That passion drove her work as a women’s rights advocate. Over the years Rosena “grew increasingly concerned as she watched fast fashion and disposable lifestyles replace artisanship with exploitation, waste, and a disregard for the origins of what we consume,” her website says about that time. “That is not the world Rosena Sammi envisioned for her two young daughters, nor the direction she wanted for her company. After a decade of producing diverse collections, Rosena relaunched her jewelry line in 2017, redoubling her commitment to handmade and fair-trade pieces to do her part as a global citizen and to be a role model for her daughters. No compromises. No exceptions.”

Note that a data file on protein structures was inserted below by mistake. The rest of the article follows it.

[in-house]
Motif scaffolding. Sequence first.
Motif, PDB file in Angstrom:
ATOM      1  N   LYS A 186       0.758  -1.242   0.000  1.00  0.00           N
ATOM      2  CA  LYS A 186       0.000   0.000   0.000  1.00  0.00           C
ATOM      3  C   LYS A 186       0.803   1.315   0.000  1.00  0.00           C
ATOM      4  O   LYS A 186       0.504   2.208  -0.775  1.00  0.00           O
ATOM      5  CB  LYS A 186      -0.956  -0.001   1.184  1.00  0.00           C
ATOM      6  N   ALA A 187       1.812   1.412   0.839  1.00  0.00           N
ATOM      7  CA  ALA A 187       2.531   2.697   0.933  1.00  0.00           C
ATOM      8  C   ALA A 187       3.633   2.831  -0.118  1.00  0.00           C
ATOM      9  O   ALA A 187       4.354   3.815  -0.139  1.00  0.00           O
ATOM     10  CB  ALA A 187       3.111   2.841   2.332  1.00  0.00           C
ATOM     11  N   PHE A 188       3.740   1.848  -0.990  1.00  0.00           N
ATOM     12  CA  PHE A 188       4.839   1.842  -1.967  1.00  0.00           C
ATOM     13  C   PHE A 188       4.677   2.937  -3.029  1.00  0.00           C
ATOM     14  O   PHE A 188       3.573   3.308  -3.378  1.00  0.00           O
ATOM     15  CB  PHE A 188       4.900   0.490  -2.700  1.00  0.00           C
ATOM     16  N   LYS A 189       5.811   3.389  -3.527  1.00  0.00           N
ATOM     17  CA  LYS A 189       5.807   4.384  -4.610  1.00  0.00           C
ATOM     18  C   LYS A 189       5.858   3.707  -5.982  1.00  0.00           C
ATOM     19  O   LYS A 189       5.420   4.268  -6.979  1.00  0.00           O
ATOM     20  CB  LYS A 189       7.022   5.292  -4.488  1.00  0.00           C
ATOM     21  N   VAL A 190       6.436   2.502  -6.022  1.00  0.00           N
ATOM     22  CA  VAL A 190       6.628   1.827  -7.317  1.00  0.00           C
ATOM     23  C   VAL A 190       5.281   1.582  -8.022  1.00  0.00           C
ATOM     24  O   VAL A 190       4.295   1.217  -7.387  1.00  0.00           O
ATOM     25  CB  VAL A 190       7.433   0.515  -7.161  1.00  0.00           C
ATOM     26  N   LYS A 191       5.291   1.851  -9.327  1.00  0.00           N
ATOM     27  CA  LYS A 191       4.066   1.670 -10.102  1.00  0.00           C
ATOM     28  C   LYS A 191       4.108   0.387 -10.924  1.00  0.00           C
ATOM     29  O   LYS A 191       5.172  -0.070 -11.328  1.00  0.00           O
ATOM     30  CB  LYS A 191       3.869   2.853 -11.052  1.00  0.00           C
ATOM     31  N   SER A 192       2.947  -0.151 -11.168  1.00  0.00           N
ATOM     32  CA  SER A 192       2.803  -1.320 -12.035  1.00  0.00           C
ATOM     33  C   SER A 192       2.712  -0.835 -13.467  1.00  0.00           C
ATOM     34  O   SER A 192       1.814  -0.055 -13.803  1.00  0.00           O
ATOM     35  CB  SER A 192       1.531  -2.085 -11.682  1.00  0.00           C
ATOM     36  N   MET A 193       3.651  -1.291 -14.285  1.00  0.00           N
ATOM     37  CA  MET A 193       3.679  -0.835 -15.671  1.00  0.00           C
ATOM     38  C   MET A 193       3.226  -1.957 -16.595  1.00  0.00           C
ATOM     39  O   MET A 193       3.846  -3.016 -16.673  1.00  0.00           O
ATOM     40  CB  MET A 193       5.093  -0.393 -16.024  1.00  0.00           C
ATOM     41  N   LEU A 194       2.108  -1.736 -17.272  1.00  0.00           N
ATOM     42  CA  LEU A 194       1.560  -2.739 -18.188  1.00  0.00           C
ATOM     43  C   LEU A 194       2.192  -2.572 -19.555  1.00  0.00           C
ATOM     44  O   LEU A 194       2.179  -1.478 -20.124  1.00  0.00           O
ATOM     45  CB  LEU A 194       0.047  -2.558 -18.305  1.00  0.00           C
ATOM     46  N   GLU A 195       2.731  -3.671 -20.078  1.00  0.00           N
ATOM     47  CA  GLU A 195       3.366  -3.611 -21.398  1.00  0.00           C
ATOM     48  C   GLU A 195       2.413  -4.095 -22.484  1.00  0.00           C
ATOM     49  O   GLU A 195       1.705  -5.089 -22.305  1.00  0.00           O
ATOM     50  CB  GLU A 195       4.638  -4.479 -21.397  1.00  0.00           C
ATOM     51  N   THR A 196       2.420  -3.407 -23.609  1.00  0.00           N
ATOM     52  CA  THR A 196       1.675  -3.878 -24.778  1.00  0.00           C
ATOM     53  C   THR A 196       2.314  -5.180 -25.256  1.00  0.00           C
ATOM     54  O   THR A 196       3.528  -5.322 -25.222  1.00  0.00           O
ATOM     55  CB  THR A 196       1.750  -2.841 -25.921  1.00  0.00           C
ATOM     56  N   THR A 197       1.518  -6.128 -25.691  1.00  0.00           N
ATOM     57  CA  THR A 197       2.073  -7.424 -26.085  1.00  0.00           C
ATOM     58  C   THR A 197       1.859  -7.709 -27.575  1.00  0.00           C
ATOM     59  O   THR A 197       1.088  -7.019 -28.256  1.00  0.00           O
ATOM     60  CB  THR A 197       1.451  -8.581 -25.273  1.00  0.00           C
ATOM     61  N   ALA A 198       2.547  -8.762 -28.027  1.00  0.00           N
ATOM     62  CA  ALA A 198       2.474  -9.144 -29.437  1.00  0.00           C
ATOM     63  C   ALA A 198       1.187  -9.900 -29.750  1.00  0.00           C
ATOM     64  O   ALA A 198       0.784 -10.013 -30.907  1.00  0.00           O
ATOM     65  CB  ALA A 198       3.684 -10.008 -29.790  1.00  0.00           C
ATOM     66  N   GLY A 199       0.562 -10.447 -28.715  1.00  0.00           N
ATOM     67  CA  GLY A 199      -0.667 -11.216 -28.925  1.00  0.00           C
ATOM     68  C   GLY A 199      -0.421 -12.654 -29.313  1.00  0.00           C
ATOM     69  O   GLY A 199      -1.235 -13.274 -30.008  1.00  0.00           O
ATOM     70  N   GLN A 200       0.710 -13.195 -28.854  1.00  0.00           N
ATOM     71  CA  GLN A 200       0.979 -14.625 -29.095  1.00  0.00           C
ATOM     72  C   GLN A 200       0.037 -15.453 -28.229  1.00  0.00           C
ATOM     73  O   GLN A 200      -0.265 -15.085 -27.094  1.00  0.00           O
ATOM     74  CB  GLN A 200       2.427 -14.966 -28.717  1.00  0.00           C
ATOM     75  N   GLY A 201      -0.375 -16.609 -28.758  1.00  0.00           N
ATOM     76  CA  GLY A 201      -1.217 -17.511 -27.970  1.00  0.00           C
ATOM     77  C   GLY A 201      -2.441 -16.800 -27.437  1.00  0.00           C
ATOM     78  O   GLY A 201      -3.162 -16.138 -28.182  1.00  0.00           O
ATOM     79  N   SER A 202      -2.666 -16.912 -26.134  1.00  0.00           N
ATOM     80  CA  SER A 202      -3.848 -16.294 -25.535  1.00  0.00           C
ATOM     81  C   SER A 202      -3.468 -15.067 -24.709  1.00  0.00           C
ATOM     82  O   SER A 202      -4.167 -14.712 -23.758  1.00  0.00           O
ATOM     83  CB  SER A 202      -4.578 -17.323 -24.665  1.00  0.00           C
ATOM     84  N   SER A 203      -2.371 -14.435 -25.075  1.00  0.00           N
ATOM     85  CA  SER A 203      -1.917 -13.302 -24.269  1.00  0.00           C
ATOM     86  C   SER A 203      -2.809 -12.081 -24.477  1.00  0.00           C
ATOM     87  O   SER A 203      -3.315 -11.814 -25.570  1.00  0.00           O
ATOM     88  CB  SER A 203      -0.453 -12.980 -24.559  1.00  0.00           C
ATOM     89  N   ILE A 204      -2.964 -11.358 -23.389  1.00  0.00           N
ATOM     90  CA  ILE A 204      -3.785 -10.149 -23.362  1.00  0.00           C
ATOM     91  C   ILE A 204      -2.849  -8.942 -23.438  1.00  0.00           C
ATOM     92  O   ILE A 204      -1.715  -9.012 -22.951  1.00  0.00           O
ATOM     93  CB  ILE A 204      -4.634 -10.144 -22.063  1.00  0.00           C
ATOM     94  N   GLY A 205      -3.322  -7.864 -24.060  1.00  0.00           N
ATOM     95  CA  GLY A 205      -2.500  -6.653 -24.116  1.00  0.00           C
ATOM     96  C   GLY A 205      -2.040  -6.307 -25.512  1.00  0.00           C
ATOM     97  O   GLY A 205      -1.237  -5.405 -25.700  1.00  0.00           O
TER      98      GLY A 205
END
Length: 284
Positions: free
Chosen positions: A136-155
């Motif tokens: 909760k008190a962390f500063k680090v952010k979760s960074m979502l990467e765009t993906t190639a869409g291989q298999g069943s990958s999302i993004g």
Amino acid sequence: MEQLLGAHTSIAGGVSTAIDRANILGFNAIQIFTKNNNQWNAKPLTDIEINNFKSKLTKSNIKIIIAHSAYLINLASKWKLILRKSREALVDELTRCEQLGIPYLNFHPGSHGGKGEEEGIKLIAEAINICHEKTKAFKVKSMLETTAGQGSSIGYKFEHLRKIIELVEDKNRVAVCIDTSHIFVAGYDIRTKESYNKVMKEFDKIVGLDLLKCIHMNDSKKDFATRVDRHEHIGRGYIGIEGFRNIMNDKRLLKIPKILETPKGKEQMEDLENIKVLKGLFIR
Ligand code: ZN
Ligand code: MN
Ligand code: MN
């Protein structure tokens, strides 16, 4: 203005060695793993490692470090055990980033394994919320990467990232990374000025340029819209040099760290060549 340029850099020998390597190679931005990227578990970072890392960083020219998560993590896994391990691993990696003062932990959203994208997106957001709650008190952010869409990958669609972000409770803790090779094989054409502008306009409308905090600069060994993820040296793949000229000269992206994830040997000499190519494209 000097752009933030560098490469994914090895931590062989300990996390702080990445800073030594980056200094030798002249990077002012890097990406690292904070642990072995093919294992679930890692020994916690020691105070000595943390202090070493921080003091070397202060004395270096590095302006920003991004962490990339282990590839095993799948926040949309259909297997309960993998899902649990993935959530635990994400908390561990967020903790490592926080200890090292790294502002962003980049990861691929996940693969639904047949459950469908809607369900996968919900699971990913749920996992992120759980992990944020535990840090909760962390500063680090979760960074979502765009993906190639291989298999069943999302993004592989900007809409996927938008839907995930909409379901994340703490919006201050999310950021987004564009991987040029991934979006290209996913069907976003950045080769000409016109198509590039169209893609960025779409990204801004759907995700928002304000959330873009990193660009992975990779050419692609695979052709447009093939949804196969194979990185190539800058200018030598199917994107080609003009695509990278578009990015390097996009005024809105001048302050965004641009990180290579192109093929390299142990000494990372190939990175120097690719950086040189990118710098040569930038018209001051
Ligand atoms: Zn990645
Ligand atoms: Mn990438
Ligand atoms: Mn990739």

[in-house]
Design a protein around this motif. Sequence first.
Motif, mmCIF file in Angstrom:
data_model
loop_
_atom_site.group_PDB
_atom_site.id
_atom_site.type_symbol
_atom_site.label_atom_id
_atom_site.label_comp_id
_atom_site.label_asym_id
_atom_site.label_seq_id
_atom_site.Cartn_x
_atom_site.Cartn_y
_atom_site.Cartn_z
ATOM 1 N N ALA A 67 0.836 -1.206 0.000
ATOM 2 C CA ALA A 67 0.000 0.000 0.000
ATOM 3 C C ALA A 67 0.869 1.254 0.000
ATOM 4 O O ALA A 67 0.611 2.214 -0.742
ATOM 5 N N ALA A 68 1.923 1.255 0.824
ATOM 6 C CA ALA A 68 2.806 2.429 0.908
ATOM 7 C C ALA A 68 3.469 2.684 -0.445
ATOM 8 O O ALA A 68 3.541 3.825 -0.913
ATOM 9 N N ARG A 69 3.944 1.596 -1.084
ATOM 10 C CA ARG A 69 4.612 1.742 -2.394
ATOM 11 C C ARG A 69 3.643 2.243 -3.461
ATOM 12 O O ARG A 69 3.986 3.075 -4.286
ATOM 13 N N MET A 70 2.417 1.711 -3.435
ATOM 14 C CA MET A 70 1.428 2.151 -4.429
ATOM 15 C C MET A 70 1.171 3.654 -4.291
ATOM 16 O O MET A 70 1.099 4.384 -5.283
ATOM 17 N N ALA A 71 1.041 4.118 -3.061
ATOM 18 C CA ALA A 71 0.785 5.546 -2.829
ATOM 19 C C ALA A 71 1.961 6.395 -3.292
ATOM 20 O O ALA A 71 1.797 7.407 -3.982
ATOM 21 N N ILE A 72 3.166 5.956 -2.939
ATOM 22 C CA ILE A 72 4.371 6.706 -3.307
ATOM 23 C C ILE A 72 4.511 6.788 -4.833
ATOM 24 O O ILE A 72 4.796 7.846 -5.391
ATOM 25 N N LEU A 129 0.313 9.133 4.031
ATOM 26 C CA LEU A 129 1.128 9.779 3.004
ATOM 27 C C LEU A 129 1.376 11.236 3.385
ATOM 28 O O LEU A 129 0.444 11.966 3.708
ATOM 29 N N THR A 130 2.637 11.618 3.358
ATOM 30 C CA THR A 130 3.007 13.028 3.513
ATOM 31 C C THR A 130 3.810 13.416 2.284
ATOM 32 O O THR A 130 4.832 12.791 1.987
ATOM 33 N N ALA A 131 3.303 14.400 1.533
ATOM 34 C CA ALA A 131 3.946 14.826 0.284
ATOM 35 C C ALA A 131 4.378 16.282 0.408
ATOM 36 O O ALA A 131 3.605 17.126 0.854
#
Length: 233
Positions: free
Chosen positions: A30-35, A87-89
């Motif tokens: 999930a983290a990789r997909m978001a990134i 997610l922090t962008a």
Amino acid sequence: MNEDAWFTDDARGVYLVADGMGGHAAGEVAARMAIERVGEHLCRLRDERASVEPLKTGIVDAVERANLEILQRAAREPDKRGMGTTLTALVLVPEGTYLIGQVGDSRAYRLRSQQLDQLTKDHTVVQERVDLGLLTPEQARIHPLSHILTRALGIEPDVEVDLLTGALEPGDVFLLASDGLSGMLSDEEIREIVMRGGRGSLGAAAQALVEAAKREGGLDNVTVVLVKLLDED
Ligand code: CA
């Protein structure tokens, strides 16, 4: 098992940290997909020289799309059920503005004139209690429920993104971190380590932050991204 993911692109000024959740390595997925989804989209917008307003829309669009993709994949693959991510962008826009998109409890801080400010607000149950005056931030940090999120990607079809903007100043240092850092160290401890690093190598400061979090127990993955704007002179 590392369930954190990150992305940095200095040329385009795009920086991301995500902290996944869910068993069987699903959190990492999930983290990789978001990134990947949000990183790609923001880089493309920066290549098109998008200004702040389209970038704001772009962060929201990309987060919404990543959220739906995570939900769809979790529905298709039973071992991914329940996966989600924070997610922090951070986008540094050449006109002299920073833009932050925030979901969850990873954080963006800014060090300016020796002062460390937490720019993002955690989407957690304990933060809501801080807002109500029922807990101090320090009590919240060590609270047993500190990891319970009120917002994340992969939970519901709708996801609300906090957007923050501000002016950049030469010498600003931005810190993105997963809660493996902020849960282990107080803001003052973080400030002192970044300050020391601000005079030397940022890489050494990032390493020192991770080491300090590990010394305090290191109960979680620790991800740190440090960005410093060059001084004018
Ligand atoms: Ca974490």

It was after she became a mother that she would be inspired to create her signature charity collection, Who’s Sari Now? Rosena Sammi Jewelry partnered with the NGO Apne Aap to educate young girls rescued from the red light districts of India. The Bangles, use upcycled saris and are made with the help of the women of Apne Aap, directly benefiting the education of these girls.
“After many years in the business, I realized that helping people was more important to me than jumping on the next trend. I was fortunate enough to meet the founder of Apne Aap, Ruchira Gupta. She was so inspiring and since I was looking to give back to the community, her organization, which rescues women and children from sex trafficking in India and provides them with a job and education, was the perfect match!”
All sales from the “Who’s Sari Now” Bangles, directly benefit the education of these girls, with 20%-25% of the proceeds from each sale going directly to Apne Aap.